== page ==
Estonia held its first song festival, Laulupidu, in 1869. The grounds where it is held became the focal point of the “Singing Revolution,” which helped win its independence between 1987 and 1991. The festival itself is held every five years, so 2019 was its 150th anniversary.
In 2014, the same year as our tour, our own Michael Peterson was able to participate in the festival, which has now grown to about 35,000 singers. To do so, he had to audition and show that he was able to sing the repertoire in Estonian.
|Links about Laulupidu and Estonia|
Wikipedia, Singing Revolution
History of Estonia and the Singing Revolution
The Singing Revolution movie trailer
And this one, from the Allan Petker Chorale’s tour video:
Estonian TV clip from the 2014 festival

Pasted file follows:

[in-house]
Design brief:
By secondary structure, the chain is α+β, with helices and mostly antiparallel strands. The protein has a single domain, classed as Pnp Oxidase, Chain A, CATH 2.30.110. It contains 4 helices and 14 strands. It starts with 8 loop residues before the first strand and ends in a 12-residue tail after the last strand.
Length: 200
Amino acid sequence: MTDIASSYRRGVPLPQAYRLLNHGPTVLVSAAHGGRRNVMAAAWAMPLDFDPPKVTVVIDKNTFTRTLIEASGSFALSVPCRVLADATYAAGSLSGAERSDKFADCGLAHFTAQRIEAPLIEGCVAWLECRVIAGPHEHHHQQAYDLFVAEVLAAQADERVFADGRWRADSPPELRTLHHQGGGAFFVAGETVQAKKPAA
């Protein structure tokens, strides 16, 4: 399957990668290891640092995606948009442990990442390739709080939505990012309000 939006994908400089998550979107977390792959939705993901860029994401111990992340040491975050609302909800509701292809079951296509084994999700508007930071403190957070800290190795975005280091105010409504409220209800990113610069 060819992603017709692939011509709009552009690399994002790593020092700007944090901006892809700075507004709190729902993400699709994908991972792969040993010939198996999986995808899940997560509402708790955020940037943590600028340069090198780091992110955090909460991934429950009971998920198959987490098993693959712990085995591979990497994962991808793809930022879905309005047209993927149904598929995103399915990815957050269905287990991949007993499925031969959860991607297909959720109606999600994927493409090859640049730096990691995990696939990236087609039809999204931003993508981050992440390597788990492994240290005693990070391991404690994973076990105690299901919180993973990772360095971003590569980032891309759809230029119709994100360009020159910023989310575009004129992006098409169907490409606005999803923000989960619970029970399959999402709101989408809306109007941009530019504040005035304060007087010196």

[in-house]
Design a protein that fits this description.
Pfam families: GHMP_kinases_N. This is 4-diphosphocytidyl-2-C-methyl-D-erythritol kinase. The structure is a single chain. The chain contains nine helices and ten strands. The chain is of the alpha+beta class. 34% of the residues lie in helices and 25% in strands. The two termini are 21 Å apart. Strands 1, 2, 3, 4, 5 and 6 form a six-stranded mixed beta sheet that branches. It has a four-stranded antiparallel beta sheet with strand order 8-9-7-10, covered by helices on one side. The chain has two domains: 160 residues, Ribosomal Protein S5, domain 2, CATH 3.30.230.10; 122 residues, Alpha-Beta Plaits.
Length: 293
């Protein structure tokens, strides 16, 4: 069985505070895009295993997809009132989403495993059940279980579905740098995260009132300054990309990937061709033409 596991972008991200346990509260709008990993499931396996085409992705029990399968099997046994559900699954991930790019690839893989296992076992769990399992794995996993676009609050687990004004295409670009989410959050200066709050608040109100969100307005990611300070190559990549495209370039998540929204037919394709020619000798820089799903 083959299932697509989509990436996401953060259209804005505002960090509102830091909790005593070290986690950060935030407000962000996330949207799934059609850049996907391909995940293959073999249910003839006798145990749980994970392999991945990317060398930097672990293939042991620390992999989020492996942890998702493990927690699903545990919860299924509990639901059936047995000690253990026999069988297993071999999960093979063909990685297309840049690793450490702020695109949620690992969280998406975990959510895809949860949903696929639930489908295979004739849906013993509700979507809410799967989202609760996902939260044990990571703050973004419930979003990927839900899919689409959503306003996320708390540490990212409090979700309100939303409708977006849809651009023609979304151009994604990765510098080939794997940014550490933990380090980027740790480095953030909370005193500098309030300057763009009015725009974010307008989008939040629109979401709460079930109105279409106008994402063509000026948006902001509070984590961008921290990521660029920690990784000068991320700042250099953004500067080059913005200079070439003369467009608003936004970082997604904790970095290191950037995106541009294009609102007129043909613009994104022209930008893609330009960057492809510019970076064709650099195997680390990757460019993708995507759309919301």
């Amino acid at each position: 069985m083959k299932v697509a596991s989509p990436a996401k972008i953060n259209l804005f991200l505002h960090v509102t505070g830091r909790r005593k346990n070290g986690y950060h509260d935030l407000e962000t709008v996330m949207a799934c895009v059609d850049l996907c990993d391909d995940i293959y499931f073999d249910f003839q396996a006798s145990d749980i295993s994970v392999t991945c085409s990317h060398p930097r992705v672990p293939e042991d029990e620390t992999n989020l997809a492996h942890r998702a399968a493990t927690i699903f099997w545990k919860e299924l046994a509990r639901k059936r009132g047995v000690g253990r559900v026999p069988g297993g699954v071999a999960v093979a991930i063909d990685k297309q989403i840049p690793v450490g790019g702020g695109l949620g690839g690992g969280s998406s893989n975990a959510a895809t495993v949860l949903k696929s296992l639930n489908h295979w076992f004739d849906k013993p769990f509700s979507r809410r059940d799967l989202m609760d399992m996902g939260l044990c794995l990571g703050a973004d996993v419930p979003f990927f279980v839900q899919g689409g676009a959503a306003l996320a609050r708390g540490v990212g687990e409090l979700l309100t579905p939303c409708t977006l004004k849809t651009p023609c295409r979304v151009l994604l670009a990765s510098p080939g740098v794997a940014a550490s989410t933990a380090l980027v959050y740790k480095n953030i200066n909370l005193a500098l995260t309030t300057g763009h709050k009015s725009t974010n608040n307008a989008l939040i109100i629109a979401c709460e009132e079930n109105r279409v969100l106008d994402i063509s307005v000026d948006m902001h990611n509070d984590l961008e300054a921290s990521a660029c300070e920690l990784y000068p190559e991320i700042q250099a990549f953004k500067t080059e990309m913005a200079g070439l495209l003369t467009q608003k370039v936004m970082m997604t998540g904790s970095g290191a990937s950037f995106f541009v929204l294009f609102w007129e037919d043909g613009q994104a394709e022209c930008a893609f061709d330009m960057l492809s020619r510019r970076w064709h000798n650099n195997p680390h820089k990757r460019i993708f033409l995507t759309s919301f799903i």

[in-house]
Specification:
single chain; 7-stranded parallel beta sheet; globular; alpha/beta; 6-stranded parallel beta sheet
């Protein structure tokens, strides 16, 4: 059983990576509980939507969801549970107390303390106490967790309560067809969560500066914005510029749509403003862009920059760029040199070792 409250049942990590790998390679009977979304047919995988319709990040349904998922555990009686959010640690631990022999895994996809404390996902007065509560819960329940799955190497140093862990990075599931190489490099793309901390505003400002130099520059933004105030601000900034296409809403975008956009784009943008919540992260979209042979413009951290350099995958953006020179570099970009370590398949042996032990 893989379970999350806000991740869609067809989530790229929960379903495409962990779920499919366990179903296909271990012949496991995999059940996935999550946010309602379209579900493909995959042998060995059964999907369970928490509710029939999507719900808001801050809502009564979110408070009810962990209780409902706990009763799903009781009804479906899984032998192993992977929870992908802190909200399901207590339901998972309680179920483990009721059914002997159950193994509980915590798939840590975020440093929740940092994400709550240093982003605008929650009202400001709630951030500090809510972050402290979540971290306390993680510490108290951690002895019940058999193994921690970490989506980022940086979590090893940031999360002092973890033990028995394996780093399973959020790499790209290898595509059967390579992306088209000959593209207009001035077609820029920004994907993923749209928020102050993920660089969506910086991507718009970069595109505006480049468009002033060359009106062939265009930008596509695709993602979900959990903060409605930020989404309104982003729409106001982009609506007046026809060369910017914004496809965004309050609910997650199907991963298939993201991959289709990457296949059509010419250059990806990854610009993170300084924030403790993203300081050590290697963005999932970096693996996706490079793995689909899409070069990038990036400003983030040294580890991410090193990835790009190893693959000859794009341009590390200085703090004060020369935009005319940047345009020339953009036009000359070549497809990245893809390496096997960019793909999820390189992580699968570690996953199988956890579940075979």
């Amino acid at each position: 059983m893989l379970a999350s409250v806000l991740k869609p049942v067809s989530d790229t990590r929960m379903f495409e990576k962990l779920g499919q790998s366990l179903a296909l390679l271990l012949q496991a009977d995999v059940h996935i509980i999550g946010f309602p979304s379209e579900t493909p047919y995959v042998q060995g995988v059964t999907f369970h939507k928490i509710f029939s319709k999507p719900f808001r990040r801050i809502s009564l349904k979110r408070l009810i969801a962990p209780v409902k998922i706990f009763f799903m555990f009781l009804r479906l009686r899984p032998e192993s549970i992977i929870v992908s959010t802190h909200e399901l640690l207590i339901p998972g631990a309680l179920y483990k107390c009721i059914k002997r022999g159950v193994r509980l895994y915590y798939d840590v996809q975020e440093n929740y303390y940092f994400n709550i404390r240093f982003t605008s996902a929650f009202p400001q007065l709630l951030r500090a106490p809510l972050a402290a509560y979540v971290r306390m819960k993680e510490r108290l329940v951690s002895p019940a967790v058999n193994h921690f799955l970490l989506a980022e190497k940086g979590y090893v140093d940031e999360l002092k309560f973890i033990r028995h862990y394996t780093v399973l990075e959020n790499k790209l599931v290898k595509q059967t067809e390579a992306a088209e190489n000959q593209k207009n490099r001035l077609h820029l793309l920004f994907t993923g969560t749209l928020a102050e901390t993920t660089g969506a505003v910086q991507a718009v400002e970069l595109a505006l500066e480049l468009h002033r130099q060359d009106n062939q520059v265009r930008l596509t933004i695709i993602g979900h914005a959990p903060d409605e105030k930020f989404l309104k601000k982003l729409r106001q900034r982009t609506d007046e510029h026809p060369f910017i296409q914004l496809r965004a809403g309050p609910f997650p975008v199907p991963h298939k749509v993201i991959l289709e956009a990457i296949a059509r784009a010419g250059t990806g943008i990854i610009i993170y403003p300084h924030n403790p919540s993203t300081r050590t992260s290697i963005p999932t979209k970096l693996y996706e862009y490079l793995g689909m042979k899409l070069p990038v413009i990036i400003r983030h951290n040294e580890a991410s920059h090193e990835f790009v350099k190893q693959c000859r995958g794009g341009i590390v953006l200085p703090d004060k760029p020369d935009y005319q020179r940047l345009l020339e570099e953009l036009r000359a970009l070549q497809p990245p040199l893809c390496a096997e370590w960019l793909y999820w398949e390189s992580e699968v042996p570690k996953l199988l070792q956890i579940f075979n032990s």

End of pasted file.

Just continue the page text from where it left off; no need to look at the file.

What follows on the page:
This final video of our nested miniseries on freedom and independence is another poem by Sara Teasdale, set to music by Frank Ticheli, “There Will Be Rest.” It begins by showing a common tour phenomena, our excitement in finding our name posted outside the Holy Spirit Church where we would be performing later.
It also includes our visit to the grounds where Laulupidu is held and where a statue of Gustave Ernesaks literally sits. He wrote “Mu isamaa on minu arm” (“My Fatherland is my Love”), a song that became an unofficial national anthem during a period when the Soviets banned the singing of Estonia’s national anthem.